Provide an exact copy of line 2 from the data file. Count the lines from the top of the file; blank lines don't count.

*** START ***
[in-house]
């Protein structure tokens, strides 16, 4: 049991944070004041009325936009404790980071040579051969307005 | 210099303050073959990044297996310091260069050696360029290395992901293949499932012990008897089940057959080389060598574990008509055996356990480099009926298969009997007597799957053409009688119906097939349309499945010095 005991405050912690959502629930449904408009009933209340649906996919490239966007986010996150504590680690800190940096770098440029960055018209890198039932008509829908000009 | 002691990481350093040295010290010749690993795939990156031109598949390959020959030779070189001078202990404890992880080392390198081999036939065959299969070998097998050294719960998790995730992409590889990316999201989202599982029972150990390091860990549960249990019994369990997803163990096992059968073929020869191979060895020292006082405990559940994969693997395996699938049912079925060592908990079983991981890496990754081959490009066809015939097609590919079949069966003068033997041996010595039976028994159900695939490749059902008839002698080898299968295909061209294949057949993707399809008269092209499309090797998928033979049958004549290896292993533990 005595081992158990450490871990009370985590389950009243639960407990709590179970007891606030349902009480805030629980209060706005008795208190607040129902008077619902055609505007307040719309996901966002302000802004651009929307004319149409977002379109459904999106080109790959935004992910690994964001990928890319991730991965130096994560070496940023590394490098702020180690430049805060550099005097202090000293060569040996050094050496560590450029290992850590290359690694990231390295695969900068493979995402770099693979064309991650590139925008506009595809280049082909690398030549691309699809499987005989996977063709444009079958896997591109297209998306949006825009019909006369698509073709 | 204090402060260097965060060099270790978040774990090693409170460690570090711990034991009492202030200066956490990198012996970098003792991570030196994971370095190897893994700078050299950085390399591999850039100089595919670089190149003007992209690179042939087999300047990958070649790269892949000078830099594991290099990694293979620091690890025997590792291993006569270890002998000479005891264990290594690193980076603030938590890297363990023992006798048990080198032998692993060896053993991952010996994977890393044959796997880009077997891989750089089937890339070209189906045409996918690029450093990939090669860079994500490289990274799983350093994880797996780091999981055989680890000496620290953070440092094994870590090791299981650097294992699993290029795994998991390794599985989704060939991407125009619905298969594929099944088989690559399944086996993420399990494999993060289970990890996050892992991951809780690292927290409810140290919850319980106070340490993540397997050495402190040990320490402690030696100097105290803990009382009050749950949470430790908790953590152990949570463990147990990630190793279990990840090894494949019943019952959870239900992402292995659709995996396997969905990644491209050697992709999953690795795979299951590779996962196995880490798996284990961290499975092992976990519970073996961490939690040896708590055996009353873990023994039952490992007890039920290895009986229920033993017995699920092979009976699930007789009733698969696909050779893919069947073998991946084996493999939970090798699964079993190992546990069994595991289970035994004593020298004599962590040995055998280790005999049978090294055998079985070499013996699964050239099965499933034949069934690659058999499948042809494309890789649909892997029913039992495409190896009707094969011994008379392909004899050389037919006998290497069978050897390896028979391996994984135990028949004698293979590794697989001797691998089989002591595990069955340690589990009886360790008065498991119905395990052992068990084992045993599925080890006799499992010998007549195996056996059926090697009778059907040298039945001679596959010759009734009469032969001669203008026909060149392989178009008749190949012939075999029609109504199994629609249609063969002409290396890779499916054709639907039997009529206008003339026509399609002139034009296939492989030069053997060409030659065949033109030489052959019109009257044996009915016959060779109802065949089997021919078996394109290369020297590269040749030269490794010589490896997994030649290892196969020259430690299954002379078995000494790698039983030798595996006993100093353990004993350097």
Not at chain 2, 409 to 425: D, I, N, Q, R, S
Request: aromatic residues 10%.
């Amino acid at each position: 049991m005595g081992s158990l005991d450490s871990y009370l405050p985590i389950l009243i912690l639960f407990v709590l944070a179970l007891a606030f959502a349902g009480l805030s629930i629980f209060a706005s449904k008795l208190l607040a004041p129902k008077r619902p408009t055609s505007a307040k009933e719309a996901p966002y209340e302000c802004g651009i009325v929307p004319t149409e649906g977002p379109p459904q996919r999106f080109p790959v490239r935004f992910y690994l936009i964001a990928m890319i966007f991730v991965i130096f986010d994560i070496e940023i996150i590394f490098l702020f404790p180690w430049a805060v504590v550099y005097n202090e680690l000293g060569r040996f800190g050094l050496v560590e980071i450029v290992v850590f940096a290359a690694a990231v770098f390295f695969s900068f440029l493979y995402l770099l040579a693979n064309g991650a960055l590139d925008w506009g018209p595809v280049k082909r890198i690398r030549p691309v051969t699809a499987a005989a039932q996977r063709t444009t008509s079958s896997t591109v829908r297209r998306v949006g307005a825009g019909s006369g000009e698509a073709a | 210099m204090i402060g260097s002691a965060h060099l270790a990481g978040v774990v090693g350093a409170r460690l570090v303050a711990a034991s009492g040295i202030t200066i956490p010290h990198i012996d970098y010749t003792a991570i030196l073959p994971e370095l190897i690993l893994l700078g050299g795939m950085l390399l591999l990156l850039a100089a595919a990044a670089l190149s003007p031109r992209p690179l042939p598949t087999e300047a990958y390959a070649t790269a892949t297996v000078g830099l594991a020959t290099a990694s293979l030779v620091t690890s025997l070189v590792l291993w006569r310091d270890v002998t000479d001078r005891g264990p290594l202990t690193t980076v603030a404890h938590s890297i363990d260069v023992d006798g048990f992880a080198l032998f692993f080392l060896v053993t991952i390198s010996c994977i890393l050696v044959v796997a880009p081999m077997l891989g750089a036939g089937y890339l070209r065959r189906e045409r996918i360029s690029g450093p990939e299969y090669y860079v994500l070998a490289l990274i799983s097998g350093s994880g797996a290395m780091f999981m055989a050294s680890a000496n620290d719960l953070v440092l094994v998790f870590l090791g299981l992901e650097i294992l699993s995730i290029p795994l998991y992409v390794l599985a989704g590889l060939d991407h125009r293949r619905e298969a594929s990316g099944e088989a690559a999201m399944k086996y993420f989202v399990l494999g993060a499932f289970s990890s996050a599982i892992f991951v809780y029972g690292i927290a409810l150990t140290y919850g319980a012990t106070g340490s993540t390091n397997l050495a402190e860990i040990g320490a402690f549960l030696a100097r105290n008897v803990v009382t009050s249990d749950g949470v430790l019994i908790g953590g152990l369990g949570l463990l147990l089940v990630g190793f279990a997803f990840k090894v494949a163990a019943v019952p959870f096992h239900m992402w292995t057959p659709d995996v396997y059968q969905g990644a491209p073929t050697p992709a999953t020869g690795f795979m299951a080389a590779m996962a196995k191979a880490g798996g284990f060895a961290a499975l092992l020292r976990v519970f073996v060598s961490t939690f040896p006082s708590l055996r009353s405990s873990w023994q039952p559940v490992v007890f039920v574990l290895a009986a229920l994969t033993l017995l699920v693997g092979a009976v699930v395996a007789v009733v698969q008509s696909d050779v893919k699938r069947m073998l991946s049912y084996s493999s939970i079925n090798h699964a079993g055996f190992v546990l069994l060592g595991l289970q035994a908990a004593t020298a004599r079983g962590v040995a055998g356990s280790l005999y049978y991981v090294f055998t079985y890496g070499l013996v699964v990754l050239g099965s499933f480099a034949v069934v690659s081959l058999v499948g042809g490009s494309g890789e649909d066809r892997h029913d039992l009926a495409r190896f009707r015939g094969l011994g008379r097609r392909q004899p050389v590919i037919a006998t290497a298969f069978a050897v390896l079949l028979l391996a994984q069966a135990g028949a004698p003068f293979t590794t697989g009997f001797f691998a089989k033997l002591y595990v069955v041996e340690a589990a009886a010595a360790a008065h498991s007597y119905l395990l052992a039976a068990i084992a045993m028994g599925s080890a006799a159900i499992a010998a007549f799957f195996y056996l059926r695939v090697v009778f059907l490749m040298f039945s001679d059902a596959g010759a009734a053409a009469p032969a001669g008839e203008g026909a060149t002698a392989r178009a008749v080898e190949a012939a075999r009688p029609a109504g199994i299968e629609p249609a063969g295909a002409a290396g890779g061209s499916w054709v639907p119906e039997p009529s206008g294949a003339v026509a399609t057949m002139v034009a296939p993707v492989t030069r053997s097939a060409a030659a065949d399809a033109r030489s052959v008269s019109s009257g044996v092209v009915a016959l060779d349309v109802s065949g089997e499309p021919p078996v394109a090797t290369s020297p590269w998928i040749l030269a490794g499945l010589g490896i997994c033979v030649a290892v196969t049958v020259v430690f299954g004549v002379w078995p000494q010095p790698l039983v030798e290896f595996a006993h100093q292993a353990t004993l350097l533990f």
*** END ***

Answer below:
């Protein structure tokens, strides 16, 4: 049991944070004041009325936009404790980071040579051969307005 | 210099303050073959990044297996310091260069050696360029290395992901293949499932012990008897089940057959080389060598574990008509055996356990480099009926298969009997007597799957053409009688119906097939349309499945010095 005991405050912690959502629930449904408009009933209340649906996919490239966007986010996150504590680690800190940096770098440029960055018209890198039932008509829908000009 | 002691990481350093040295010290010749690993795939990156031109598949390959020959030779070189001078202990404890992880080392390198081999036939065959299969070998097998050294719960998790995730992409590889990316999201989202599982029972150990390091860990549960249990019994369990997803163990096992059968073929020869191979060895020292006082405990559940994969693997395996699938049912079925060592908990079983991981890496990754081959490009066809015939097609590919079949069966003068033997041996010595039976028994159900695939490749059902008839002698080898299968295909061209294949057949993707399809008269092209499309090797998928033979049958004549290896292993533990 005595081992158990450490871990009370985590389950009243639960407990709590179970007891606030349902009480805030629980209060706005008795208190607040129902008077619902055609505007307040719309996901966002302000802004651009929307004319149409977002379109459904999106080109790959935004992910690994964001990928890319991730991965130096994560070496940023590394490098702020180690430049805060550099005097202090000293060569040996050094050496560590450029290992850590290359690694990231390295695969900068493979995402770099693979064309991650590139925008506009595809280049082909690398030549691309699809499987005989996977063709444009079958896997591109297209998306949006825009019909006369698509073709 | 204090402060260097965060060099270790978040774990090693409170460690570090711990034991009492202030200066956490990198012996970098003792991570030196994971370095190897893994700078050299950085390399591999850039100089595919670089190149003007992209690179042939087999300047990958070649790269892949000078830099594991290099990694293979620091690890025997590792291993006569270890002998000479005891264990290594690193980076603030938590890297363990023992006798048990080198032998692993060896053993991952010996994977890393044959796997880009077997891989750089089937890339070209189906045409996918690029450093990939090669860079994500490289990274799983350093994880797996780091999981055989680890000496620290953070440092094994870590090791299981650097294992699993290029795994998991390794599985989704060939991407125009619905298969594929099944088989690559399944086996993420399990494999993060289970990890996050892992991951809780690292927290409810140290919850319980106070340490993540397997050495402190040990320490402690030696100097105290803990009382009050749950949470430790908790953590152990949570463990147990990630190793279990990840090894494949019943019952959870239900992402292995659709995996396997969905990644491209050697992709999953690795795979299951590779996962196995880490798996284990961290499975092992976990519970073996961490939690040896708590055996009353873990023994039952490992007890039920290895009986229920033993017995699920092979009976699930007789009733698969696909050779893919069947073998991946084996493999939970090798699964079993190992546990069994595991289970035994004593020298004599962590040995055998280790005999049978090294055998079985070499013996699964050239099965499933034949069934690659058999499948042809494309890789649909892997029913039992495409190896009707094969011994008379392909004899050389037919006998290497069978050897390896028979391996994984135990028949004698293979590794697989001797691998089989002591595990069955340690589990009886360790008065498991119905395990052992068990084992045993599925080890006799499992010998007549195996056996059926090697009778059907040298039945001679596959010759009734009469032969001669203008026909060149392989178009008749190949012939075999029609109504199994629609249609063969002409290396890779499916054709639907039997009529206008003339026509399609002139034009296939492989030069053997060409030659065949033109030489052959019109009257044996009915016959060779109802065949089997021919078996394109290369020297590269040749030269490794010589490896997994030649290892196969020259430690299954002379078995000494790698039983030798595996006993100093353990004993350097």